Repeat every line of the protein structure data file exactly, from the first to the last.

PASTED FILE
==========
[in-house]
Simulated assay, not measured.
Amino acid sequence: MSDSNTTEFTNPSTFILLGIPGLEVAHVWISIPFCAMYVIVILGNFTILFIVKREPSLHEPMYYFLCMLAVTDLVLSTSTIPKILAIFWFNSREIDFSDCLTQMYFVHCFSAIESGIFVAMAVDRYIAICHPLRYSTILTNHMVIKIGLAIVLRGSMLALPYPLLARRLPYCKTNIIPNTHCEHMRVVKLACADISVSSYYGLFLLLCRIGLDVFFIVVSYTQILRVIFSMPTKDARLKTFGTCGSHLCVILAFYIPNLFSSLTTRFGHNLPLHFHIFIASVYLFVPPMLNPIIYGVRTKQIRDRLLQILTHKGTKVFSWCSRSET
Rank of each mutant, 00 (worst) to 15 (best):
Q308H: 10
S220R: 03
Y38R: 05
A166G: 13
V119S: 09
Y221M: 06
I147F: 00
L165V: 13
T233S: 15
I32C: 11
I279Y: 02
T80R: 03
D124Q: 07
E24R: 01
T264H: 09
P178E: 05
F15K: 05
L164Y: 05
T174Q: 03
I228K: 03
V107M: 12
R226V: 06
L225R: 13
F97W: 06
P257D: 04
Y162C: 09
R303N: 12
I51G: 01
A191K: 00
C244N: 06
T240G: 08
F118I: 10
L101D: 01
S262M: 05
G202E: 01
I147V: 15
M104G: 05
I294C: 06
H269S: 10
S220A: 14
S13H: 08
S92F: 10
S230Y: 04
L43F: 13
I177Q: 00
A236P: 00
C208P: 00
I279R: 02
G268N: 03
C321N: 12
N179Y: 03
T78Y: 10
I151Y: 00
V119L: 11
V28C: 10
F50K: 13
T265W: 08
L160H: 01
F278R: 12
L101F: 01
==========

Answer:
[in-house]
Simulated assay, not measured.
Amino acid sequence: MSDSNTTEFTNPSTFILLGIPGLEVAHVWISIPFCAMYVIVILGNFTILFIVKREPSLHEPMYYFLCMLAVTDLVLSTSTIPKILAIFWFNSREIDFSDCLTQMYFVHCFSAIESGIFVAMAVDRYIAICHPLRYSTILTNHMVIKIGLAIVLRGSMLALPYPLLARRLPYCKTNIIPNTHCEHMRVVKLACADISVSSYYGLFLLLCRIGLDVFFIVVSYTQILRVIFSMPTKDARLKTFGTCGSHLCVILAFYIPNLFSSLTTRFGHNLPLHFHIFIASVYLFVPPMLNPIIYGVRTKQIRDRLLQILTHKGTKVFSWCSRSET
Rank of each mutant, 00 (worst) to 15 (best):
Q308H: 10
S220R: 03
Y38R: 05
A166G: 13
V119S: 09
Y221M: 06
I147F: 00
L165V: 13
T233S: 15
I32C: 11
I279Y: 02
T80R: 03
D124Q: 07
E24R: 01
T264H: 09
P178E: 05
F15K: 05
L164Y: 05
T174Q: 03
I228K: 03
V107M: 12
R226V: 06
L225R: 13
F97W: 06
P257D: 04
Y162C: 09
R303N: 12
I51G: 01
A191K: 00
C244N: 06
T240G: 08
F118I: 10
L101D: 01
S262M: 05
G202E: 01
I147V: 15
M104G: 05
I294C: 06
H269S: 10
S220A: 14
S13H: 08
S92F: 10
S230Y: 04
L43F: 13
I177Q: 00
A236P: 00
C208P: 00
I279R: 02
G268N: 03
C321N: 12
N179Y: 03
T78Y: 10
I151Y: 00
V119L: 11
V28C: 10
F50K: 13
T265W: 08
L160H: 01
F278R: 12
L101F: 01